Like the chorus of the old Silhouettes song sings: “Get A Job.”
Listen, the reality of the entertainment industry, in the event you didn’t know, is, everyone has a periodic lull. Nobody is working and getting paid in their craft all the time. Now let’s be real, if you’re making several million dollars an episode on a network TV gem or a blockbuster film, your pain is going to be different than the pain of someone making a fraction of that.
So it should be no big surprise that there are people whose name we may recognize that we may very well see standing behind the counter at the post office saying, “How can I help you.”
I’m not even going to front, I would have the hardest time keeping a straight face if I happened upon this. Continue reading
*Back in the old days, you had to wait for summer for a cinematic summer blockbuster. Sounds reasonable, right? Well, thanks to Kong: Skull Island, summer has arrived — at the movies, at least — a few months early.
It only took 84 years for Hollywood to make a worthy successor to the original King Kong. which terrified audiences when it debuted in 1933 as one of Tinsel Town’s first “talkies.” No, I was NOT there…but I’m told theaters had to hire medical professionals to be on hand during screenings, as audiences members routinely fainted when Kong showed up on screen.
Successors to the king’s throne have always fallen a little short. 1933’s Son Of Kong was cute but not thrilling, the 1976 version was downright cheesy (with a guy in an ape suit in the title role), and Peter Jackson’s 2005 version improved upon the special effects of the original but never found Kong’s heart. And let’s not even mention 1962’s awful King Kong vs. Godzilla.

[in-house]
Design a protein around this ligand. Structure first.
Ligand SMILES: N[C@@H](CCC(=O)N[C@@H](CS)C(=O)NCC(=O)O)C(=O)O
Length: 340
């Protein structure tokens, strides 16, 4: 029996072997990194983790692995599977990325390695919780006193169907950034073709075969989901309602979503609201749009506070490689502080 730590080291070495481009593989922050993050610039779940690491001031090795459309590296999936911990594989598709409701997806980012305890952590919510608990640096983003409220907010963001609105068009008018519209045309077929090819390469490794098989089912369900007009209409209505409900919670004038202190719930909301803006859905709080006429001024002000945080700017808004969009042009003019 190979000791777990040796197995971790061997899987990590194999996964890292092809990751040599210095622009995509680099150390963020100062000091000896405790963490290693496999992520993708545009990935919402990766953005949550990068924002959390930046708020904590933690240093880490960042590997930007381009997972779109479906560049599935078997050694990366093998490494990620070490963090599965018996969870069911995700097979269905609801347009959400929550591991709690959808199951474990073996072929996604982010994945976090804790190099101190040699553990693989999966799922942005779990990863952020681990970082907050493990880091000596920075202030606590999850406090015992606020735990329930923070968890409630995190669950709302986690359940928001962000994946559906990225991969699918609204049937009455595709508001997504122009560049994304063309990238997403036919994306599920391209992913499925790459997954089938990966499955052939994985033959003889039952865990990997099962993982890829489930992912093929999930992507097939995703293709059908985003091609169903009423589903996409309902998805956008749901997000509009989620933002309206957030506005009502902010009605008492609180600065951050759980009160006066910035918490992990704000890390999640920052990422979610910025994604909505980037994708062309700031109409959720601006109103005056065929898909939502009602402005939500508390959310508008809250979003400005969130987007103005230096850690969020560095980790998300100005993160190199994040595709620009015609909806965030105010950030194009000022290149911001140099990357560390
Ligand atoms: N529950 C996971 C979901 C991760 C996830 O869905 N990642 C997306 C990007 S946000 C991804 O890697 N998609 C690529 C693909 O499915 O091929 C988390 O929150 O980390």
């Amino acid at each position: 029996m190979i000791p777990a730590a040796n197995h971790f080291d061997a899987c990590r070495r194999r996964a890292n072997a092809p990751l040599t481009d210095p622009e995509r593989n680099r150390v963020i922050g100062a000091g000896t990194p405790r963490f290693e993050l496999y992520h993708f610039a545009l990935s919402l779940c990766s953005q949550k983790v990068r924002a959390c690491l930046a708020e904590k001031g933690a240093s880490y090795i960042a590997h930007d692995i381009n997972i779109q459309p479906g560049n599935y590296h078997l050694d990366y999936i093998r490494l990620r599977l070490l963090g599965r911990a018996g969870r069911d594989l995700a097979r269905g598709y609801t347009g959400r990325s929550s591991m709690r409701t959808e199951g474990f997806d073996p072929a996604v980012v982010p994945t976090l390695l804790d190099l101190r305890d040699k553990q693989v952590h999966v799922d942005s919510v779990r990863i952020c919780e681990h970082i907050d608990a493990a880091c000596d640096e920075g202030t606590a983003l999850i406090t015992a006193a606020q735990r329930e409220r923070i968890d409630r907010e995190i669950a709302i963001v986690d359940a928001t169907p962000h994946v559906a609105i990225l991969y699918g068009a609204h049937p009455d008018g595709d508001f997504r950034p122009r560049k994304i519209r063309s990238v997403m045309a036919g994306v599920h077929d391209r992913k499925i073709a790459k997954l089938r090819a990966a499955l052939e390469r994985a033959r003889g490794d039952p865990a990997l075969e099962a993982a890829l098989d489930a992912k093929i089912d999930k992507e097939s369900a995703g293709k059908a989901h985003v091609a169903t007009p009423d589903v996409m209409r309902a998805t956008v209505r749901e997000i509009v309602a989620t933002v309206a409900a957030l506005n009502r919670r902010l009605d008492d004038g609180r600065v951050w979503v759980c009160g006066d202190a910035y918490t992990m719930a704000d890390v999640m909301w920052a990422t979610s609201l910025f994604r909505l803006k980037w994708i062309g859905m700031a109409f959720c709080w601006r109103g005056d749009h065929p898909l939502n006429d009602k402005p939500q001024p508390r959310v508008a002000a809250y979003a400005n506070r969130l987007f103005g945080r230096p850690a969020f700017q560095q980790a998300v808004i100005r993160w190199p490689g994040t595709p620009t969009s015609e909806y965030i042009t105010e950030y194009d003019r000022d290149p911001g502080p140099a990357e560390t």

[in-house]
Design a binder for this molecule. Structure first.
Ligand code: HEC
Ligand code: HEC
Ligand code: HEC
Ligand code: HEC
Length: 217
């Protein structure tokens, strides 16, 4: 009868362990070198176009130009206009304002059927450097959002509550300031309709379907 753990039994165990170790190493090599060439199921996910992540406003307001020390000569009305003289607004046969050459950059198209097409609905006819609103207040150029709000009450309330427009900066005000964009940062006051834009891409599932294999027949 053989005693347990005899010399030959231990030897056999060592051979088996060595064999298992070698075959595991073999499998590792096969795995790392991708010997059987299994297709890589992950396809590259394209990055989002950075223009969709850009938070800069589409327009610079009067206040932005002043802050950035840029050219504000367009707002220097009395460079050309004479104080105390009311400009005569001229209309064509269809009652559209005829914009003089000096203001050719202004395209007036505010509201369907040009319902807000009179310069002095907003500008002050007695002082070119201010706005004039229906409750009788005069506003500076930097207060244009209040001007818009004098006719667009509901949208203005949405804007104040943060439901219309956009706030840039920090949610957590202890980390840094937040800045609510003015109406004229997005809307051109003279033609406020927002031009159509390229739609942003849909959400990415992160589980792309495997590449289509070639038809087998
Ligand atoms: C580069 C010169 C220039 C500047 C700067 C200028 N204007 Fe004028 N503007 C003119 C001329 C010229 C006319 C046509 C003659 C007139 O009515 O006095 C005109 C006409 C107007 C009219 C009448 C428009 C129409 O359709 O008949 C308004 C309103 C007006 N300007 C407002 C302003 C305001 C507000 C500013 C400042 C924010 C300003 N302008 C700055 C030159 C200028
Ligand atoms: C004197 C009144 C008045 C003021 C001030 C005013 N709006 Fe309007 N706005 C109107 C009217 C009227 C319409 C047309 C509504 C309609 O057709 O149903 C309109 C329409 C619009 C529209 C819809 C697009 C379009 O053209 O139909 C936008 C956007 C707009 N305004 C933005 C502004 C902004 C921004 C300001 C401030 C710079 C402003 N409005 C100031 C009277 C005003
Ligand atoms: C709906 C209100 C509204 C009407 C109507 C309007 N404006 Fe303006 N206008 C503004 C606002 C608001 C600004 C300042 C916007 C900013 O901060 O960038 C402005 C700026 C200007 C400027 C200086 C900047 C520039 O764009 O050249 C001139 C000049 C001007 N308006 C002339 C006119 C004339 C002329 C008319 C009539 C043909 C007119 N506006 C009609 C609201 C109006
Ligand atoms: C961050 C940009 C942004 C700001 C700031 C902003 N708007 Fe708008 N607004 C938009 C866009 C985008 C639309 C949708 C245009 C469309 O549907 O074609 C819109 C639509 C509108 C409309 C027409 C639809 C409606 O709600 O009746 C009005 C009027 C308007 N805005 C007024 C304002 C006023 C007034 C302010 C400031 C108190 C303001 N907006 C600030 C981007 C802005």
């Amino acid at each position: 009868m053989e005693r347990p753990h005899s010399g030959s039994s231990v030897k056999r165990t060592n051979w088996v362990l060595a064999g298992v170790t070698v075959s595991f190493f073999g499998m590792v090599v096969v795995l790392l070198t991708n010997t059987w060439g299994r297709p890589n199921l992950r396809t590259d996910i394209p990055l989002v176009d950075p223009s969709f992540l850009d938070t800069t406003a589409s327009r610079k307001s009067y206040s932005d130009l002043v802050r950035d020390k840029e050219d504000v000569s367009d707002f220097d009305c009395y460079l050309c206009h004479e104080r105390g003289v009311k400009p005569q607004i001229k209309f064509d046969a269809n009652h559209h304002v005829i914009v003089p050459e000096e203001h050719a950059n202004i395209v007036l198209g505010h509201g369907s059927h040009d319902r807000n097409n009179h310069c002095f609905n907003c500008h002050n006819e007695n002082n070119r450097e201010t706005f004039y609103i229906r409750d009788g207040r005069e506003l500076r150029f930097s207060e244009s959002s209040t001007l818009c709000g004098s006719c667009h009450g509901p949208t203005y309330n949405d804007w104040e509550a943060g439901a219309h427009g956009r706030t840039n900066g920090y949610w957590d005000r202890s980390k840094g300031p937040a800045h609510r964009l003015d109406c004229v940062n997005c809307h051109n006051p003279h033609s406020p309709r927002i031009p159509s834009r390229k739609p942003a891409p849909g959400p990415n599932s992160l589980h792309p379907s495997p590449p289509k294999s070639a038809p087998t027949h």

This time around, they finally got it right. Kong: Skull Island debuts just a week before Hollywood will trot out another “beauty and the beast” tale that’s as old as time, but THIS beast isn’t singing Alan Menken tunes. Continue reading
*I saw the Academy Award-winning Moonlight for the first time at the beginning of its initial run in theaters, last fall. I walked into a screening of the movie with every intention of reviewing it. I walked out having been profoundly moved, forever changed, and temporarily muted. I simply couldn’t find the words to describe the movie.
I’d not felt that way after seeing a film since Precious, another film with honest, gritty performances, flawed, human characters that commanded my attention, and a character arc that left me literally exhausted and speechless. I felt the same way after seeing Monster’s Ball and, to a somewhat lesser extent, Dreamgirls.
In all of those prior cases, the films went on to win Academy Awards, and I’d accurately predicted them. In the case of Monster’s Ball, I knew that if Halle Berry hadn’t gone on to win the Oscar for Best Actress, it would have been due to racism in the industry. Berry’s performance, particularly a critical scene during which her character is processing an unfathomable loss, earned that trophy.
Similarly, after watching Moonlight, I called Mahershala’s Oscar, the screenplay award, and the Oscar for Best Picture. I knew if Moonlight didn’t win on Oscar night, homophobia — not racism — would have been the primary culprit.
*Sometimes you just can’t pass up an opportunity to show what human kindness really looks like. I was touched when I learned that the original actors from the popular comedy The Big Bang Theory offered to take a pay cut so that two other cast members who came onto the show later, and don’t make as much, can get raises when new contract time comes around.
Wow! Talk about putting your money where your mouth is! Continue reading